As they make their case to voters via TV, radio, and online ads, the candidates have focused on personal biographies, support for abortion rights, stricter gun laws and climate legislation.
Matos’ campaign has tried to emphasize her journey as an immigrant from the Dominican Republic who learned English on the job at a jewelry factory, but it’s also been on the defensive because of a controversy related to fraudulent signatures to get her on the ballot.
Matos said a vendor had produced the fraudulent signatures, including from deceased people. “I feel awful to know that this may have created any type of mistrust in the democratic process,” she said during an interview in her Providence campaign headquarters.
An opponent who had been aggressively criticizing Matos, meanwhile, says he’s no longer in the race after drawing his own unwelcome attention over text messages sent to a student while teaching college.
Don Carlson, a wealthy investor attempting his first run for office, announced the suspension of his campaign after “extraordinary stress on my family and close friends.” Early voting had already been underway for 11 days before he made that declaration, and Carlson’s name remains on the ballot.
Among the other candidates, frequent themes include the importance of defending democracy and taking on “MAGA Republicans” — consistent with talking points put out by the national party committees.
Regunberg, in a debate this week, was the only candidate who said he would have voted “no” on this year’s debt ceiling deal, so long as his wasn’t the deciding vote (in which case he said he would have voted yes). Numerous candidates, including Matos and Amo, said Regunberg’s position amounted to playing politics. A new super PAC, Committee for a Better Rhode Island, swiftly launched an ad attacking Regunberg on that topic.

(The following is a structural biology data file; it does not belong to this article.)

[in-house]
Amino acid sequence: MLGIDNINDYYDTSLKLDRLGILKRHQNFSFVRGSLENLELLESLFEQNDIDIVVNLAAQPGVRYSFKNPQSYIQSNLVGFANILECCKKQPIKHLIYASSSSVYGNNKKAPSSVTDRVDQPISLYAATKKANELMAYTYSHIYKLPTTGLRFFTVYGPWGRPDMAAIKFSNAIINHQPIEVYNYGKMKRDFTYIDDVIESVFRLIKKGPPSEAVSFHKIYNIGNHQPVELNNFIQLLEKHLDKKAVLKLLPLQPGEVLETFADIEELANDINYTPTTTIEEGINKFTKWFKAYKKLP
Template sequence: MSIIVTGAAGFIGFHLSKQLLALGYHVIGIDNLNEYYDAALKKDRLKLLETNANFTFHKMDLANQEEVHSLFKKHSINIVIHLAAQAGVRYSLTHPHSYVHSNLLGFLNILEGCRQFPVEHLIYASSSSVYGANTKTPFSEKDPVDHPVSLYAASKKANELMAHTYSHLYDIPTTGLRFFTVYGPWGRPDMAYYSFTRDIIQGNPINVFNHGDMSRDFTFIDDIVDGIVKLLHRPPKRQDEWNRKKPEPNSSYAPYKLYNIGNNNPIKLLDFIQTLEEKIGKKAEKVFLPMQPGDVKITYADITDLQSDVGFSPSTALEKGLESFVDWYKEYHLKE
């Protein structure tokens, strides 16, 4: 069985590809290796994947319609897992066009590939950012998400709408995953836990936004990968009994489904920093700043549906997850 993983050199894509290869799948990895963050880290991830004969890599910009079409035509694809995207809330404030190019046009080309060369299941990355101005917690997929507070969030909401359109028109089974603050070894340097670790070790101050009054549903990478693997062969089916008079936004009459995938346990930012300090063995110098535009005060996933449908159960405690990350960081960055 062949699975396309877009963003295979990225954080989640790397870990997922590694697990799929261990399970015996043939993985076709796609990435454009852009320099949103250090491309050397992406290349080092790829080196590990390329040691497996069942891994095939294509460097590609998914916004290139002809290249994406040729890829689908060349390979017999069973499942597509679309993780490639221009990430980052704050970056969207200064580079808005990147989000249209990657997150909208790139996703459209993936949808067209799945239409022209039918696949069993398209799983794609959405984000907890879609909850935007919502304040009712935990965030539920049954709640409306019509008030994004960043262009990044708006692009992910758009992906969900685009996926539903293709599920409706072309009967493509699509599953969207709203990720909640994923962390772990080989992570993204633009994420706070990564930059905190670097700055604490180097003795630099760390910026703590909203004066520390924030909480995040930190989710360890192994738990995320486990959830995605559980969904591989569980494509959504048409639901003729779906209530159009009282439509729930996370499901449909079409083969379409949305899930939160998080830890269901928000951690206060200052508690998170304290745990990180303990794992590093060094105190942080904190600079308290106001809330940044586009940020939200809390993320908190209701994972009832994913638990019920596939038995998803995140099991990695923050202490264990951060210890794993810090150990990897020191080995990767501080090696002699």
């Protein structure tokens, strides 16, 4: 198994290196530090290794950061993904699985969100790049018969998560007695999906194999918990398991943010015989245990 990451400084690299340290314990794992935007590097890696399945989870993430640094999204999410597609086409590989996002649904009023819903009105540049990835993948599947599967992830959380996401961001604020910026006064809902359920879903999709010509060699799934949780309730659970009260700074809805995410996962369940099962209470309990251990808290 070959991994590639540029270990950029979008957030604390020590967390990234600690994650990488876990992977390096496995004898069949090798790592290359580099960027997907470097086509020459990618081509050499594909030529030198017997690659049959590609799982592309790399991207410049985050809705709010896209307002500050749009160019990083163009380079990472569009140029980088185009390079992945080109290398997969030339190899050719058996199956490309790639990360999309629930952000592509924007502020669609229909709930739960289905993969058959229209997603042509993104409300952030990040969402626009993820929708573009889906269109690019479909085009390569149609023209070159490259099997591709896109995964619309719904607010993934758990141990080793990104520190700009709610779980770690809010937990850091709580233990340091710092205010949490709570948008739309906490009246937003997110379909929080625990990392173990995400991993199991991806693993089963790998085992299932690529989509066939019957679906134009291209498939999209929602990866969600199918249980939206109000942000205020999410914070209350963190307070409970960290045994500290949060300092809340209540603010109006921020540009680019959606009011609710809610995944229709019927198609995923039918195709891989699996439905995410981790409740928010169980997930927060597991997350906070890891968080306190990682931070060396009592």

Amo, who hasn’t held elective office, has been telling voters that his experience in Washington, combined with his upbringing in Pawtucket and work for state officials, would help make him effective in the House.
“I have been at the heights of government, working for President Biden,” he said, while going to voters’ homes in the Point neighborhood of Newport with Mayor Xaykham “Xay” Khamsyvoravong, who has endorsed Amo. “My experience working for two presidents and working for the governor here equips me with the ability to get things done, like, faster than the normal junior member of Congress.”